As the unsung heroes of the photography industry, photo editors play a crucial role in editing and enhancing photographs to perfect the message that they are trying to convey. Whether you’re a seasoned photographer looking to expand your skill set or someone simply seeking a creative career, this guide will provide invaluable insights and practical steps to start your journey as a photo editor.
From acquiring the necessary technical skills to building a portfolio that sets you apart from your competitors, we’ll cover everything you need to know to thrive in this field.
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What Does a Photo Editor Do?
Photo editors are responsible for touching up, adjusting, resizing, and otherwise editing photographs to perfect them for their purpose. They may adjust the lighting in an image, brighten up the colors, or remove unwanted features. Photo editors may be hired for a variety of projects, and may be asked to edit photos of the following examples, among others:
- Real estate listings
- Family portraits
It is, therefore, important for photo editors to have a variety of skills and talents, as they may be asked to edit many different types of images in a wide range of styles. Photo editors should also be proficient in a multitude of editing software and tools and have a natural ability to turn ordinary photos into extraordinary masterpieces that clients will love.
How Do You Become a Photo Editor?
Approximately 1.81 trillion photos are taken every year, which equates to 57,246 per second, or 5 billion every day. With the numbers already so high and still growing, it is no wonder that photo editors are in high demand.
In order to become a professional photo editor, there are some necessary technical skills that you will need to acquire. In addition to these skills, it is crucial that you have a thorough understanding of composition, lighting, and photography theory.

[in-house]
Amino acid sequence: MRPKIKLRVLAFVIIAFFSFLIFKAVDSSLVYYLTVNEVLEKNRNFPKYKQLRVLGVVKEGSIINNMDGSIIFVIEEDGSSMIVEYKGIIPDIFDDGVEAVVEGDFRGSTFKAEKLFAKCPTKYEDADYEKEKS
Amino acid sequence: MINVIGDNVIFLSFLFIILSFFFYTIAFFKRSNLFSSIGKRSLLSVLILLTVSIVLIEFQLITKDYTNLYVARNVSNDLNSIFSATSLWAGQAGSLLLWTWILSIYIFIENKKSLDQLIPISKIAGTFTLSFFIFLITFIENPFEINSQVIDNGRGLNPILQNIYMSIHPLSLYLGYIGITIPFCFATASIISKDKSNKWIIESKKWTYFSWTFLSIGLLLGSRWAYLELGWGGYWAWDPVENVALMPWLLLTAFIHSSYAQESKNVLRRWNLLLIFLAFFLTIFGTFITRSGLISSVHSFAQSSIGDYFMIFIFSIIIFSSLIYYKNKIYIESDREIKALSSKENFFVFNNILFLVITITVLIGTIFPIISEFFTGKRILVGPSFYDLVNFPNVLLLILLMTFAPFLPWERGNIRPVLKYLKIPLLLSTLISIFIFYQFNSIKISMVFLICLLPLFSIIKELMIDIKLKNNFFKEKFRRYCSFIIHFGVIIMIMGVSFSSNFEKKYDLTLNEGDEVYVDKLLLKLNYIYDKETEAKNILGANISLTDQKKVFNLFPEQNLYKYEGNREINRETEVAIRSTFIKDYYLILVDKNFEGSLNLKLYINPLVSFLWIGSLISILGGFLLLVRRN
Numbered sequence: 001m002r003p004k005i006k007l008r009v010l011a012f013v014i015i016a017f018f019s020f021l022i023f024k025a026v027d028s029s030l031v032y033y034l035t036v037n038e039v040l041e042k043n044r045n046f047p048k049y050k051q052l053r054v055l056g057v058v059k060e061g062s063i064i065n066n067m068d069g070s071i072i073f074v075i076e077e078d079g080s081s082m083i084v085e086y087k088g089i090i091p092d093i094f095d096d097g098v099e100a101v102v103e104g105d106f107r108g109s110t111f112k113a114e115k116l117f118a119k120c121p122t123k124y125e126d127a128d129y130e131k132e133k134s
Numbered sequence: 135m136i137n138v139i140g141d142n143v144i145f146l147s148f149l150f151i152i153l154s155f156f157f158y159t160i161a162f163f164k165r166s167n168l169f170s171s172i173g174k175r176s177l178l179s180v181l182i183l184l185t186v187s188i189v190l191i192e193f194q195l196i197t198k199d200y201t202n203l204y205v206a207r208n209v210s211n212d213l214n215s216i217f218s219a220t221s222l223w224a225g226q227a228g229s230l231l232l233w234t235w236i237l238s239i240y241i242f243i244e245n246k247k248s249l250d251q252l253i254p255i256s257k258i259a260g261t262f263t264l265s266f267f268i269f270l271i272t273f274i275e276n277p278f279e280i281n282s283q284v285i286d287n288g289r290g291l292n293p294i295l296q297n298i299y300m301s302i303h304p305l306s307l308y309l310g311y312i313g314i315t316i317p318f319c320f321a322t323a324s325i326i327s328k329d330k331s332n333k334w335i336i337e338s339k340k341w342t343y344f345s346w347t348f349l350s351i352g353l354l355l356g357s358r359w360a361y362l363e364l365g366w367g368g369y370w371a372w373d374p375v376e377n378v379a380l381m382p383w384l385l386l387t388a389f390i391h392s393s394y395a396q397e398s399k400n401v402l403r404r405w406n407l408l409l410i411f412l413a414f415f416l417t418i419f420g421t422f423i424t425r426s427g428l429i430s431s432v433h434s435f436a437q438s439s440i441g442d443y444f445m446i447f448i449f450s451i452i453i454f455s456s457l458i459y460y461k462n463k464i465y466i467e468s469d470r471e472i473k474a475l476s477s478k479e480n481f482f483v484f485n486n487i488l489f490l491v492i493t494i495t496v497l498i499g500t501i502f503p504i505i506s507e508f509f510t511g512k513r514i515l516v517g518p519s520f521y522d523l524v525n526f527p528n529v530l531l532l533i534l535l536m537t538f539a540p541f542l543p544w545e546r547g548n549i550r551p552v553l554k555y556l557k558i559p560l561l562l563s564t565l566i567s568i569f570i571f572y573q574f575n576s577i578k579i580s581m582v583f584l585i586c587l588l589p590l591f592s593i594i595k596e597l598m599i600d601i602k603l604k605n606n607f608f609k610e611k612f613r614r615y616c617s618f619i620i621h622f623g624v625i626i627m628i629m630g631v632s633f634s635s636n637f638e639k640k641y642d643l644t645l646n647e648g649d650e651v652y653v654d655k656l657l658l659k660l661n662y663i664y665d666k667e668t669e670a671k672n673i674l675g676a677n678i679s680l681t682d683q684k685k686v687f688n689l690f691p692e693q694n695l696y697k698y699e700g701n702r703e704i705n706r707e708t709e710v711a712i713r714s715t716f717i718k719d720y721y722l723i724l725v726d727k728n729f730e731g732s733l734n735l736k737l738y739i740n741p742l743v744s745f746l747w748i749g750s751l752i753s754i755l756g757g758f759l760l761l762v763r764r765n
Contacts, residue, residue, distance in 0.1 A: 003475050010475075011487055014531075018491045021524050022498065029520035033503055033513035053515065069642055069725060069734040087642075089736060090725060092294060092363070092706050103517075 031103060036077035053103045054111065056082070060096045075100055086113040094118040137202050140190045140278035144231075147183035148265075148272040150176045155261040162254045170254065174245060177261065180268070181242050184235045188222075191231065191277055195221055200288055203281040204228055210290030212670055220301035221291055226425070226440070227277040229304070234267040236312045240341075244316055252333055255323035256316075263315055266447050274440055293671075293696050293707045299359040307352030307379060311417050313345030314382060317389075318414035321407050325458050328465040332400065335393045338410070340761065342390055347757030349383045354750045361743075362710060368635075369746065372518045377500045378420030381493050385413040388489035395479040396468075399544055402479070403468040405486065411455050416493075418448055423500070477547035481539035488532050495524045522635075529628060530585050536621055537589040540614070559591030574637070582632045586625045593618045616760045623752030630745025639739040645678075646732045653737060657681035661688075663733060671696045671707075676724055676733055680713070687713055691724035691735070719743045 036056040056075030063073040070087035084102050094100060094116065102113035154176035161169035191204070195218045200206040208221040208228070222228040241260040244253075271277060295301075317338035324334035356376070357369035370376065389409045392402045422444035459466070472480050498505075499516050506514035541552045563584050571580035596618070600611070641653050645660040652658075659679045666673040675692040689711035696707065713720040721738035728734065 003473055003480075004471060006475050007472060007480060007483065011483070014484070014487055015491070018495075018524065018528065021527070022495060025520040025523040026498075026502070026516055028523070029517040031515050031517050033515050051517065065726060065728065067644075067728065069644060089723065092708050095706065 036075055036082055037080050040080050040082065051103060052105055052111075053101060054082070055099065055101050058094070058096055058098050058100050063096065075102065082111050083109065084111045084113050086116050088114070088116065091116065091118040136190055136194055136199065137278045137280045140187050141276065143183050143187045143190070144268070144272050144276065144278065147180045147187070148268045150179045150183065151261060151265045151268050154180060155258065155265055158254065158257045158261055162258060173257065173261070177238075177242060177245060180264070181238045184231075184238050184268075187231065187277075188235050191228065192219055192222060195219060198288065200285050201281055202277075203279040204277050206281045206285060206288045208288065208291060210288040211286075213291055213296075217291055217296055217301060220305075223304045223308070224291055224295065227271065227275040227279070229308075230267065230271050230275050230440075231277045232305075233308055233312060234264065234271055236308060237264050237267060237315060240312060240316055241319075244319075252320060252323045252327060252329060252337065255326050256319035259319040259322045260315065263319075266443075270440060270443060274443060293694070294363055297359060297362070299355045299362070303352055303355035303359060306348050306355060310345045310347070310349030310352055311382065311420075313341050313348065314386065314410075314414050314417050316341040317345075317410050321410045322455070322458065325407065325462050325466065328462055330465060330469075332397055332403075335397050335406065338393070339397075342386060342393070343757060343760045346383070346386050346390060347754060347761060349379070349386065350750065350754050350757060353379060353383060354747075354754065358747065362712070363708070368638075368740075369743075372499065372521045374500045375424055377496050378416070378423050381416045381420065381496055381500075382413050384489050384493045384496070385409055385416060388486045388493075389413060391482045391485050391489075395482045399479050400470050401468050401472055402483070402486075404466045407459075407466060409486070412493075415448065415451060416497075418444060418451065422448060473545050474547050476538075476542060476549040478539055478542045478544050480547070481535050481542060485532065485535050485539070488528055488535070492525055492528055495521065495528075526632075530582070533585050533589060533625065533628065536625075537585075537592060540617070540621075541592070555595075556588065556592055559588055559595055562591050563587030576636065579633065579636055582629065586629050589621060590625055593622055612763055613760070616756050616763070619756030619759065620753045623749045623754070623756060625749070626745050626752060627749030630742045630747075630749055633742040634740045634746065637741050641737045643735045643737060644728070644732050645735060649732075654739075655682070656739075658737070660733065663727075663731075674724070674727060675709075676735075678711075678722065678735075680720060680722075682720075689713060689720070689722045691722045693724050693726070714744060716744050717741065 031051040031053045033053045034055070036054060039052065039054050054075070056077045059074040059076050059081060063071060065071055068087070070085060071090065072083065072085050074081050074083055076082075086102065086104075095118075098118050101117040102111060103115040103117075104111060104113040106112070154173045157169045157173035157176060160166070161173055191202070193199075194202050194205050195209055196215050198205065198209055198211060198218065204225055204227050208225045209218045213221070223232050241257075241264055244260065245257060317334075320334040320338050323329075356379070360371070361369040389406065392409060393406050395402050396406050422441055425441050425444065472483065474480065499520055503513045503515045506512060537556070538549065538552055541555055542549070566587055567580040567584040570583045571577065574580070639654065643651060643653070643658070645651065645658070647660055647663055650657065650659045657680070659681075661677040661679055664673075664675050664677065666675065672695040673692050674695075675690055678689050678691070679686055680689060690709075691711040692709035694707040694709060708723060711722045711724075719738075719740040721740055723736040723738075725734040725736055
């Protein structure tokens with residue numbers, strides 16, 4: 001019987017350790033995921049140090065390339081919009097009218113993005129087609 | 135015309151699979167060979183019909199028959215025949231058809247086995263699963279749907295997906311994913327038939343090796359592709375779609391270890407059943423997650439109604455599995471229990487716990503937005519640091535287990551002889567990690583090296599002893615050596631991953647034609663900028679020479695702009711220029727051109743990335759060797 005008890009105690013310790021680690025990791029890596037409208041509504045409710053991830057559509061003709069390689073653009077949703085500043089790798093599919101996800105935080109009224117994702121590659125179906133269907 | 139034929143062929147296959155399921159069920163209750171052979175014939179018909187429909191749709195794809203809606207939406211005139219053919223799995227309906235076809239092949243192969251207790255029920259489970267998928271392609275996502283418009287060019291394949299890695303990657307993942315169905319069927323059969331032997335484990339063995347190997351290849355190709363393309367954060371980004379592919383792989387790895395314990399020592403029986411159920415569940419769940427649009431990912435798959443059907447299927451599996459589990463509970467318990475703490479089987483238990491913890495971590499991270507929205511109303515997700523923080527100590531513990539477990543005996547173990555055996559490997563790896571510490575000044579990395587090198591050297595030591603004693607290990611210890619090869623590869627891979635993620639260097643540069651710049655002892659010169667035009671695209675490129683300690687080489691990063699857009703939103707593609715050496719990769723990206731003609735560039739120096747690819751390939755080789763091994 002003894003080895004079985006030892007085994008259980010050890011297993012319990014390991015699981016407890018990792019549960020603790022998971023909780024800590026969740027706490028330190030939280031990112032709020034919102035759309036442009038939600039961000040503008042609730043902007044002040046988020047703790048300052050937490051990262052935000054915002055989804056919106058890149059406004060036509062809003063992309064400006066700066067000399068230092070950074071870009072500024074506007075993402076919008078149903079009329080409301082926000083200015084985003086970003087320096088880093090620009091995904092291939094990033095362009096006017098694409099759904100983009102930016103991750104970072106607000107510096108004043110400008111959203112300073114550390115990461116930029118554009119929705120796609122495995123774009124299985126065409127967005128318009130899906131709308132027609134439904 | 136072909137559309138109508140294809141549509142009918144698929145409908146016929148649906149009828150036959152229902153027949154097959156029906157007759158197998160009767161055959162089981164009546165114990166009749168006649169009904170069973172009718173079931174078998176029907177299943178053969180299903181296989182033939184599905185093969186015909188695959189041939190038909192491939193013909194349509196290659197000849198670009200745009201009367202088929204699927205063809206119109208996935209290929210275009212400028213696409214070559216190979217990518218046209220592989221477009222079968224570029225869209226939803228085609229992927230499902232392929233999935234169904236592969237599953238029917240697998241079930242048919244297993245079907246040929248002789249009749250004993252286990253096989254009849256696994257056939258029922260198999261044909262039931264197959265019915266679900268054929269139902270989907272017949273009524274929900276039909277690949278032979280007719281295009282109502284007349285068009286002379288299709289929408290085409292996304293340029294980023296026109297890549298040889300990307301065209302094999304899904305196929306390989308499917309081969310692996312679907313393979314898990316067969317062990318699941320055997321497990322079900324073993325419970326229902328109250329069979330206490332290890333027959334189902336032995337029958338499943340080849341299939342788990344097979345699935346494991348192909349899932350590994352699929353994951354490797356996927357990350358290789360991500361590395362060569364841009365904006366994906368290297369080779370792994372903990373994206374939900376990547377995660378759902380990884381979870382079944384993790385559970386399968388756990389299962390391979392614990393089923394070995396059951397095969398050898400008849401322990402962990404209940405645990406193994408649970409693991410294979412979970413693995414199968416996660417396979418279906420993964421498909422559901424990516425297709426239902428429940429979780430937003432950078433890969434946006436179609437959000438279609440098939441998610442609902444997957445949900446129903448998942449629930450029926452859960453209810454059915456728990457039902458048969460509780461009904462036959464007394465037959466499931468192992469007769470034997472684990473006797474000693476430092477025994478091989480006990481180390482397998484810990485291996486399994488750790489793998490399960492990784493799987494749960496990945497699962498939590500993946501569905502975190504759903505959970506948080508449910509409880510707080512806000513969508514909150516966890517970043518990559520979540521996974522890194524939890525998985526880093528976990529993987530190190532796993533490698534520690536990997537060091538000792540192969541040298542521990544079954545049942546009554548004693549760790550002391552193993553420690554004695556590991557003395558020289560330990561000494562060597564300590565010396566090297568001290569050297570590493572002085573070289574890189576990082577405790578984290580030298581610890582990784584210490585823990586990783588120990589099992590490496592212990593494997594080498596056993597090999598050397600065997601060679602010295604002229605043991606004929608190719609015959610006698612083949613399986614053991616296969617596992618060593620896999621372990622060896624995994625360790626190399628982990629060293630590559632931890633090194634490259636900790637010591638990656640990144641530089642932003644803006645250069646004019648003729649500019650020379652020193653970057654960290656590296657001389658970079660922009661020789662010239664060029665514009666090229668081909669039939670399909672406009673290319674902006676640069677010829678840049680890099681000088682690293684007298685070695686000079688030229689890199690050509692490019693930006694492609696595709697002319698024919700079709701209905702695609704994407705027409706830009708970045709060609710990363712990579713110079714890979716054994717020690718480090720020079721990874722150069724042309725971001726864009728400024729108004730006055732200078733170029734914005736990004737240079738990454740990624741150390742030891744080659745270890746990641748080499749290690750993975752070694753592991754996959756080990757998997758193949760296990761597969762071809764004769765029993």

If you want to learn more about how to become a professional photo editor, we’ve outlined the necessary steps to take, skills to acquire, and equipment to purchase.
Many employers will require that their editors have a Bachelor’s degree specializing in photography, photojournalism, or visual arts. Obtaining one of these degrees will give you a solid understanding of the skills that you will need to become a photo editor. However, degrees are not always necessary; it is also possible to complete diplomas or short courses that will teach you the necessary skills to edit photos professionally as an online worker.
Photo editors should have a thorough knowledge of photography theory and should know how to use editing software such as Photoshop and Lightroom. In order to showcase your skills to potential clients, compiling a portfolio to display your past work can be advantageous.
Determine Your Niche
Identify your specialization or preferred editing style. This could include portrait retouching, landscape enhancement, product photo editing, color grading, or any other specific area that you are talented at. Focusing on a niche can help you stand out and attract clients specifically seeking your expertise.
Build a Portfolio
Create a compelling portfolio showcasing your editing capabilities. Include before-and-after examples to demonstrate the impact of your editing skills. If you’re starting out and don’t have any client work to showcase, you can use your own photographs or practice on sample or stock images. Use a website builder such as Squarespace or Wix to create your online portfolio to link to your website or social media profiles.
Equipment & Software
While the specific requirements may vary depending on personal preferences and the nature of the work, here are some key equipment and software for photo editors to improve their processes and abilities:
A Computer: A reliable and powerful computer is a must-have for photo editing. Opt for a system with sufficient processing power, ample storage space, and a high-resolution display to ensure smooth and efficient editing.